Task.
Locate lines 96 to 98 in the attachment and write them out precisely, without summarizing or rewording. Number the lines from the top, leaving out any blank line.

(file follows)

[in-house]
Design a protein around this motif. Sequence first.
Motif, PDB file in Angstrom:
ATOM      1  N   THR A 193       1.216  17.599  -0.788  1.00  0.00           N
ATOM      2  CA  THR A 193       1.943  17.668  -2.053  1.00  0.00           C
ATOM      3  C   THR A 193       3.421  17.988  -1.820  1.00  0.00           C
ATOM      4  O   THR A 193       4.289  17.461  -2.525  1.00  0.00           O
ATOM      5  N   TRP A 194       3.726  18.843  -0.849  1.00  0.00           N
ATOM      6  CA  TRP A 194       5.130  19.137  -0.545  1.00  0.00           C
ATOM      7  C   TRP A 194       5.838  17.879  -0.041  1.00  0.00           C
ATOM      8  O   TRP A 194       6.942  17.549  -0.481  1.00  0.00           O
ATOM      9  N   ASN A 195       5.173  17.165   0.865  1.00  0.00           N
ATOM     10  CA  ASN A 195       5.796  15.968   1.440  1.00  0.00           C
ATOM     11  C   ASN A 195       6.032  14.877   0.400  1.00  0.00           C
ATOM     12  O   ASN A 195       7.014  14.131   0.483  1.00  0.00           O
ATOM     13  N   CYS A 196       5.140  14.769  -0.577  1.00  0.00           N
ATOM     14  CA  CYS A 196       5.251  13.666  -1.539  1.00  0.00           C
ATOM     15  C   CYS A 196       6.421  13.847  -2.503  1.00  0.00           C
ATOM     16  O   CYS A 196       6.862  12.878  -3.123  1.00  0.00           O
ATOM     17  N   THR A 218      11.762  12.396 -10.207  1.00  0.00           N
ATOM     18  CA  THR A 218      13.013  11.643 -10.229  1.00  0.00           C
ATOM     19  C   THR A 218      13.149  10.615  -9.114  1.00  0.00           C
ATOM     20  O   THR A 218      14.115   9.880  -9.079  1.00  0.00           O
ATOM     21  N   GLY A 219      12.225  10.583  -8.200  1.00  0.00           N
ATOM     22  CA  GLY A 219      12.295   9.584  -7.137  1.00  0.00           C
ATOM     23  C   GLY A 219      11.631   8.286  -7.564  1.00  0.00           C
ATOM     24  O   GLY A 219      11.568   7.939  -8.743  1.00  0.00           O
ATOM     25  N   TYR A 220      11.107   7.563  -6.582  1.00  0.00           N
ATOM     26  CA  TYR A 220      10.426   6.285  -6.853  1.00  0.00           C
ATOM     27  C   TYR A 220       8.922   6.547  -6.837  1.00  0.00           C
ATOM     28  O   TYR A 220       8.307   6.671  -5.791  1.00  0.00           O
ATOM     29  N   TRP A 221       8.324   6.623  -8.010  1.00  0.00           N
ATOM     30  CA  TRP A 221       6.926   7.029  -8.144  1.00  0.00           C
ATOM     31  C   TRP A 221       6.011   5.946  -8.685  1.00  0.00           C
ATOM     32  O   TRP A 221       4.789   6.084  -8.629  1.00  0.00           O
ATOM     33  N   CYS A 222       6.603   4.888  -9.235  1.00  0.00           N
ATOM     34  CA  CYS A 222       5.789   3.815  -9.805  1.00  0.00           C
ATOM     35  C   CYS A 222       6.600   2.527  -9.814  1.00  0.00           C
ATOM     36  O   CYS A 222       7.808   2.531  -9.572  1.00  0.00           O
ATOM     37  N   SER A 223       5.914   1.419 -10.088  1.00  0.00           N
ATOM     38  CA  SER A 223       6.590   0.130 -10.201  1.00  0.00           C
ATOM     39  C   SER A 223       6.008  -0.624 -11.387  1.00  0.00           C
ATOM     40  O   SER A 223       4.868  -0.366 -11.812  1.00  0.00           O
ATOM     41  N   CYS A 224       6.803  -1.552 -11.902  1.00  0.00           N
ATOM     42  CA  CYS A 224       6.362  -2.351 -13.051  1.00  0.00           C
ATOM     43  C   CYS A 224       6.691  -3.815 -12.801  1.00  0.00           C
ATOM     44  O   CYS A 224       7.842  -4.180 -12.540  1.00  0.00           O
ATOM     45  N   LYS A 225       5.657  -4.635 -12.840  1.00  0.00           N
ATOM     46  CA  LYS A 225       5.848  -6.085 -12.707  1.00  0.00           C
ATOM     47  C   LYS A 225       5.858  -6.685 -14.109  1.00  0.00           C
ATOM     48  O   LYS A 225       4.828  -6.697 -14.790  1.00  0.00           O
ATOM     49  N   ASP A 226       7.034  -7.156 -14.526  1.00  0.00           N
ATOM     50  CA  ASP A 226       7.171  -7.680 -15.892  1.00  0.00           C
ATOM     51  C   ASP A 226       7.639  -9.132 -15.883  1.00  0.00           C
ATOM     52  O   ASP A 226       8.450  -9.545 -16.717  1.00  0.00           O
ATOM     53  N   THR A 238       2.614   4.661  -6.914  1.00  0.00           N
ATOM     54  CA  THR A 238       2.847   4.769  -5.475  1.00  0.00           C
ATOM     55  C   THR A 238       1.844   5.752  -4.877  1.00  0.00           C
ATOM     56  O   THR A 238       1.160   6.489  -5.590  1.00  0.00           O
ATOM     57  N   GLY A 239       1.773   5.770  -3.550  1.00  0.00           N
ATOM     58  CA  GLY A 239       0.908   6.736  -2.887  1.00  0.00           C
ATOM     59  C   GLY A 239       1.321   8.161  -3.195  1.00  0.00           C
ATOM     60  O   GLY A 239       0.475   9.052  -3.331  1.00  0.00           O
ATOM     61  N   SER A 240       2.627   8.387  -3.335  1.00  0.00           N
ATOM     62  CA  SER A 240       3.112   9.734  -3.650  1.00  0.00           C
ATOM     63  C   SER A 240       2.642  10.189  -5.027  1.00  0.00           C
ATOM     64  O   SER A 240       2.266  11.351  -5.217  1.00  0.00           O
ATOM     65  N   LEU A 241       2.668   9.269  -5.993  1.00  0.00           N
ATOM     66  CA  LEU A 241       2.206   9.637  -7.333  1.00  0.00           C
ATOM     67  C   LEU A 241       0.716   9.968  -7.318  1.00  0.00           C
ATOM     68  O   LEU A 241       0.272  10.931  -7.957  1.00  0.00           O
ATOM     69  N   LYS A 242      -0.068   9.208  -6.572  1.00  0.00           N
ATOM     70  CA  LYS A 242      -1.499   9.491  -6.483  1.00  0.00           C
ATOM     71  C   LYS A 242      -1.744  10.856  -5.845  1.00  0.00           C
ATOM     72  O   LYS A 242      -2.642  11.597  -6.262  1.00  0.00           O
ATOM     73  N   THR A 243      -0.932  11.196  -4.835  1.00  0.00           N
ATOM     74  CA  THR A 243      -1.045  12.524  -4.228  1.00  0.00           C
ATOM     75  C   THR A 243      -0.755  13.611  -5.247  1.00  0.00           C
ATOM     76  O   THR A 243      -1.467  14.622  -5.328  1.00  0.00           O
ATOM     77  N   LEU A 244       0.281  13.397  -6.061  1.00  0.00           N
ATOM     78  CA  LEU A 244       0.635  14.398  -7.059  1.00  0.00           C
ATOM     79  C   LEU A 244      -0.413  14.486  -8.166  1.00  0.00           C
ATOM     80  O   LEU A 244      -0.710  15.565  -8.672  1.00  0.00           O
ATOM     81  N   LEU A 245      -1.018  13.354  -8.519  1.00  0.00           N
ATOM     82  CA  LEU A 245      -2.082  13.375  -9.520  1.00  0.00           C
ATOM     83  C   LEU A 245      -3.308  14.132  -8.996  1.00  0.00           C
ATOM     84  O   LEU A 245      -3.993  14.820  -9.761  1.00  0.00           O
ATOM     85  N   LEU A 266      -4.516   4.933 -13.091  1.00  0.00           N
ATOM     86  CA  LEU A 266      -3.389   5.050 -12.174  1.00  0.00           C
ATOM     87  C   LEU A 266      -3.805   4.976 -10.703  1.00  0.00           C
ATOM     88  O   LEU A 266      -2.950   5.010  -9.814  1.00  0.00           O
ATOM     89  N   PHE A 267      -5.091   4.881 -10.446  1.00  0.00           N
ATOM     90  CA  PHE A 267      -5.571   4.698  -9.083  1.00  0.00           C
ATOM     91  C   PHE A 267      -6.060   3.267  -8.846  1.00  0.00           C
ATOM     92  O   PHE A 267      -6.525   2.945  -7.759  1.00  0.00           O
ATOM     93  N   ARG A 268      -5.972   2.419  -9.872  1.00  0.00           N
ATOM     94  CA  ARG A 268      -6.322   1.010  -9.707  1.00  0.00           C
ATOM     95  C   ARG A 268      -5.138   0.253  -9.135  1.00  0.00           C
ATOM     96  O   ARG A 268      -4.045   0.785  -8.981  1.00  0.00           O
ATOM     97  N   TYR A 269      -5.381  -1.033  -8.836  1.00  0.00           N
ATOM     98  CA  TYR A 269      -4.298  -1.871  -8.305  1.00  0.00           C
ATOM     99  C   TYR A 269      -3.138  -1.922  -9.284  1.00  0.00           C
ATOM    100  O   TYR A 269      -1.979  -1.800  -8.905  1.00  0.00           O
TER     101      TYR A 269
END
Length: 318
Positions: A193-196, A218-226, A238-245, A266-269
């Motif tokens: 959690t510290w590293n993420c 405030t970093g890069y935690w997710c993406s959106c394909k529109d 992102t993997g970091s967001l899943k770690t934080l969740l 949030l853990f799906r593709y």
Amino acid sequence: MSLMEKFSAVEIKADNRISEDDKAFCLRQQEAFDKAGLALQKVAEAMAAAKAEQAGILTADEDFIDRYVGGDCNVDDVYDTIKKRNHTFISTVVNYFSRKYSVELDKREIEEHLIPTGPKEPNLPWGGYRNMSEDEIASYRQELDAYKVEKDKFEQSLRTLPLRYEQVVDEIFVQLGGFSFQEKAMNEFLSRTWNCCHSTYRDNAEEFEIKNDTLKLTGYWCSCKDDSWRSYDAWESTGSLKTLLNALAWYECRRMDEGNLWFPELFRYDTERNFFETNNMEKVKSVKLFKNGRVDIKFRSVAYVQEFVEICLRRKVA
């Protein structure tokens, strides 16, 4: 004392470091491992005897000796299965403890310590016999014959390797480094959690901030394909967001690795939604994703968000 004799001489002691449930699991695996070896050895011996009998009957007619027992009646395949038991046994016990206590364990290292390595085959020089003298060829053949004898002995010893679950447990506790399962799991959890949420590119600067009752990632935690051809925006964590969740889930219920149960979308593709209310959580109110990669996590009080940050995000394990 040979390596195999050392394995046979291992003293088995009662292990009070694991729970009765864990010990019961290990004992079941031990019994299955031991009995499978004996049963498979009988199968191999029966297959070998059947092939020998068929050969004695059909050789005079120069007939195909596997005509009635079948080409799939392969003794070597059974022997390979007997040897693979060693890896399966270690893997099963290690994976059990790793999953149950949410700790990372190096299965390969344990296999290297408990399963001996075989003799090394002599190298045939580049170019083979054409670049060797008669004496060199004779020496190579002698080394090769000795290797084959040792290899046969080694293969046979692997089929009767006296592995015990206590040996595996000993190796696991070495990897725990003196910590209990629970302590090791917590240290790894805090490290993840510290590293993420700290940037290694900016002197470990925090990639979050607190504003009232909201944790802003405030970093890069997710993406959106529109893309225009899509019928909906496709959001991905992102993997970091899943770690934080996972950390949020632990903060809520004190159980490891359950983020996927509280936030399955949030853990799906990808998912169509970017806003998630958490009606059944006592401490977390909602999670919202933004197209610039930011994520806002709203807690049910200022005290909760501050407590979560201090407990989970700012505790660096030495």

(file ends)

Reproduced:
ATOM     93  N   ARG A 268      -5.972   2.419  -9.872  1.00  0.00           N
ATOM     94  CA  ARG A 268      -6.322   1.010  -9.707  1.00  0.00           C
ATOM     95  C   ARG A 268      -5.138   0.253  -9.135  1.00  0.00           C